FaithWorld

Many U.S. Christians pay tithe before mortgage, even in crisis

House foreclosure sign in Boston, 15 March 2007/Brian SnyderIf there is one thing you can usually count upon while working as a journalist in the United States – and in particular if you happen to be British like myself – is that Americans are not only unafraid of talking to the media, many do so without hesitation. It is an endearing characteristic of the American people, a wonderful sign that they are not afraid to stand up and be heard.

But in the six months that I spent working on my feature “For many Christians, it’s God before mortgage” that ran on Sept 21, I ran into a wall of silence for the first time since coming to work in the United States three years ago.

It all began back in February, while working on a series of feature stories that I compiled on the U.S. housing crisis. In interviews with non-profit counsellors in Chicago, Detroit, Cleveland, Atlanta and then Memphis, the subject of tithing and how some struggling home owners would rather lose their homes than cease their payments to the church kept coming up.

At first in Chicago, I confess that I all but ignored the topic. I was focused on trying to get a handle on the scale of the housing meltdown and its implications – the fallout of which has been all too evident on Wall Street in recent weeks. Interesting, I thought to myself, how someone’s obligation to God and the church would take precedence over their earthly home, and filed away the comments for later use.

But as February turned to March and April and interviews in Atlanta, Memphis, then St Louis, Dallas brought up the same topic again and again, I knew I had found a fascinating story. Getting counsellors, religious leaders, academics and researchers to comment on the story was no problem – but the difficult part was finding a home owner to talk about it.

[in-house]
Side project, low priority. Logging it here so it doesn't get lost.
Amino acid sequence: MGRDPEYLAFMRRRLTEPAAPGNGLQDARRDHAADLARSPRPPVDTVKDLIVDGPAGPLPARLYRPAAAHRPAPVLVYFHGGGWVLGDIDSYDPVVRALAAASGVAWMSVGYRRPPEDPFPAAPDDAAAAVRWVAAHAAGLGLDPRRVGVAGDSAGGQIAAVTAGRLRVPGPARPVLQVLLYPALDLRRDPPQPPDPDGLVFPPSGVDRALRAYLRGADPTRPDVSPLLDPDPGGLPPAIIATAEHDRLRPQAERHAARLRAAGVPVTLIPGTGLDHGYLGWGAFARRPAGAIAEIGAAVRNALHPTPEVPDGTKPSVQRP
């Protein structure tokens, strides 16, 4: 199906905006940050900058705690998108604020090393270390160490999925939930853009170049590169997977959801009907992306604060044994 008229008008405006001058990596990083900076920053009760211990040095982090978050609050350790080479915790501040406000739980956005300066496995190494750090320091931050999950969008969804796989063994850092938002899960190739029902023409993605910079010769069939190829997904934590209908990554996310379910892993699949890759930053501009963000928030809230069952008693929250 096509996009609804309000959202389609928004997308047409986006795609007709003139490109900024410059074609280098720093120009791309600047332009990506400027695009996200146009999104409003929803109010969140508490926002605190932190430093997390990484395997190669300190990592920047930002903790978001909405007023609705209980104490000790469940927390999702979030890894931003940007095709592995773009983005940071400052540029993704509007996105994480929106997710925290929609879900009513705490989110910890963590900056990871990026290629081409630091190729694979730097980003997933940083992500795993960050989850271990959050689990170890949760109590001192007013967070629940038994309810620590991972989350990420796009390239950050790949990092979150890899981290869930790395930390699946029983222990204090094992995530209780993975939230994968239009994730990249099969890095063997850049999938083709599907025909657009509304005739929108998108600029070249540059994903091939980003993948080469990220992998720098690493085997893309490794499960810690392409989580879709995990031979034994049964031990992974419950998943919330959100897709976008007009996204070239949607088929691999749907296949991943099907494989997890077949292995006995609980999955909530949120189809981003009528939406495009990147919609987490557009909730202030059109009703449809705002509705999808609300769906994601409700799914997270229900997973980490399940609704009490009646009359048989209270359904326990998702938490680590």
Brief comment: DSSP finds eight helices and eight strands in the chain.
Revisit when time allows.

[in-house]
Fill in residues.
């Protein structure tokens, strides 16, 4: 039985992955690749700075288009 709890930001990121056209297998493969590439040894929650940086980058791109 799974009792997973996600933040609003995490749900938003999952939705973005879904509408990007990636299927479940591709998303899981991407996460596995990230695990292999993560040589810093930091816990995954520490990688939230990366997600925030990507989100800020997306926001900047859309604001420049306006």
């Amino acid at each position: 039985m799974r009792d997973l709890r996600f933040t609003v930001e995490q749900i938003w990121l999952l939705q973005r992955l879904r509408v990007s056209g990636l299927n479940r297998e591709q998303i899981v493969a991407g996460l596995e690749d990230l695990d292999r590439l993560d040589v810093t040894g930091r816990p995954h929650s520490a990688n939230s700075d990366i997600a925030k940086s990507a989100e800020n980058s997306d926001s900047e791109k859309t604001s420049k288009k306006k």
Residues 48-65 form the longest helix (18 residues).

Gutsy pastor opens megachurch in world’s biggest Muslim nation

Pastor Stephen Tong, 20 Sept 2008/Enny NuraheniStephen Tong is one gutsy pastor. On Saturday, the head of the Indonesian Reformed Evangelical Church opened a multimillion dollar megachurch in Jakarta, capital of the world’s most populous Muslim nation. “This proves that there are no restrictions from the Indonesian government to build religious centres,” the Chinese- Indonesian preacher said. “It gives the world a new impression of Indonesia: it is not a messy country or full of troubles.”

Indonesia has traditionally been a tolerant country, but this tolerance is under pressure from Islamist radicals who want to drive wedges between the country’s Muslim majority (86%), Protestants (6%), Catholics (6%), Hindus (1.8%) and other faiths. Just last month, an evangelical seminary was forced out of a predominantly Muslim neighbourhood in Jakarta. The annual U.S. State Department freedom of religion report released on Friday reported radical pressure on Christians and on the Ahmadis, a non-orthodox Muslim sect:

Inside the Jakarta megachurch, 20 Sept 2008/Enny Nuraheni“Some groups used violence and intimidation to force at least 12 churches and 21 Ahmadiyya mosques to close. Several churches and Ahmadiyya mosques remained closed after mobs forcibly shut them down in previous years. Some Muslim organizations and government officials called for the dissolution of the Ahmadiyya, resulting in some violence and discrimination against its followers. Some perpetrators of violence were undergoing trials during the reporting period. However, many perpetrators of past abuse against religious minorities were not brought to justice.”

What’s the use of apologising to Darwin?

Charles DarwinThe Church of England has just issued an apology to Charles Darwin for opposing his theory of evolution when The Origin of Species first came out 150 years ago. The Roman Catholic Church says it sees no need to say “sorry” for its initial hostility to the same theory. But both are now reconciled to evolution as solid science and are getting active in presenting their view that it is not incompatible with Christian faith. Is one approach better than the other to get this message across?

Next year’s double anniversary — the 200th anniversary of Darwin’s birth and 150th anniversary of the publication of The Origin of Species — is one reason to speak up about evolution. Another is the fact that evolution has become an increasingly controversial public issue, especially in the United States, and the debate is dominated by mostly conservative Protestant creationists and “intelligent design” supporters on one side and agnostic/atheistic scientists on the other.